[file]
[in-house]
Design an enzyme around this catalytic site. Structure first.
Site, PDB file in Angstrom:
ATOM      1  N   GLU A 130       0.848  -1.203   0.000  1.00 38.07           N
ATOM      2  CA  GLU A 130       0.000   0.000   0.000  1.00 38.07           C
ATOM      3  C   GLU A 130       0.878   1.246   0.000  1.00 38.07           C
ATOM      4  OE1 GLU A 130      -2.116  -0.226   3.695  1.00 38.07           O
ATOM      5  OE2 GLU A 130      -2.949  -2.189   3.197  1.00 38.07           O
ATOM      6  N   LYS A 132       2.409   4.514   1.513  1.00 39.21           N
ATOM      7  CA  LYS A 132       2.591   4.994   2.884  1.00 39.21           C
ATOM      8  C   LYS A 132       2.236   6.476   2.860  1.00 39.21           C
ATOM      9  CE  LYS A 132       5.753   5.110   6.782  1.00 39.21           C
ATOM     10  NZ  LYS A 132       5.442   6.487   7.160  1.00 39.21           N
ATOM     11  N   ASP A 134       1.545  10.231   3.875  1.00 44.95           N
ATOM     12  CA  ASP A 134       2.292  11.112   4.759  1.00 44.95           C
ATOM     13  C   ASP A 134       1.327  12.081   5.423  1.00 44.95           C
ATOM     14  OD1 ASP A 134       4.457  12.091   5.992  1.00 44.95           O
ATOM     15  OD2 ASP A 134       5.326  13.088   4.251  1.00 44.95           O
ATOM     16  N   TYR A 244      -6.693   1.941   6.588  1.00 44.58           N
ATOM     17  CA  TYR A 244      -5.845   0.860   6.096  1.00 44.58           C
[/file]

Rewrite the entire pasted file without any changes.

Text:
[in-house]
Design an enzyme around this catalytic site. Structure first.
Site, PDB file in Angstrom:
ATOM      1  N   GLU A 130       0.848  -1.203   0.000  1.00 38.07           N
ATOM      2  CA  GLU A 130       0.000   0.000   0.000  1.00 38.07           C
ATOM      3  C   GLU A 130       0.878   1.246   0.000  1.00 38.07           C
ATOM      4  OE1 GLU A 130      -2.116  -0.226   3.695  1.00 38.07           O
ATOM      5  OE2 GLU A 130      -2.949  -2.189   3.197  1.00 38.07           O
ATOM      6  N   LYS A 132       2.409   4.514   1.513  1.00 39.21           N
ATOM      7  CA  LYS A 132       2.591   4.994   2.884  1.00 39.21           C
ATOM      8  C   LYS A 132       2.236   6.476   2.860  1.00 39.21           C
ATOM      9  CE  LYS A 132       5.753   5.110   6.782  1.00 39.21           C
ATOM     10  NZ  LYS A 132       5.442   6.487   7.160  1.00 39.21           N
ATOM     11  N   ASP A 134       1.545  10.231   3.875  1.00 44.95           N
ATOM     12  CA  ASP A 134       2.292  11.112   4.759  1.00 44.95           C
ATOM     13  C   ASP A 134       1.327  12.081   5.423  1.00 44.95           C
ATOM     14  OD1 ASP A 134       4.457  12.091   5.992  1.00 44.95           O
ATOM     15  OD2 ASP A 134       5.326  13.088   4.251  1.00 44.95           O
ATOM     16  N   TYR A 244      -6.693   1.941   6.588  1.00 44.58           N
ATOM     17  CA  TYR A 244      -5.845   0.860   6.096  1.00 44.58           C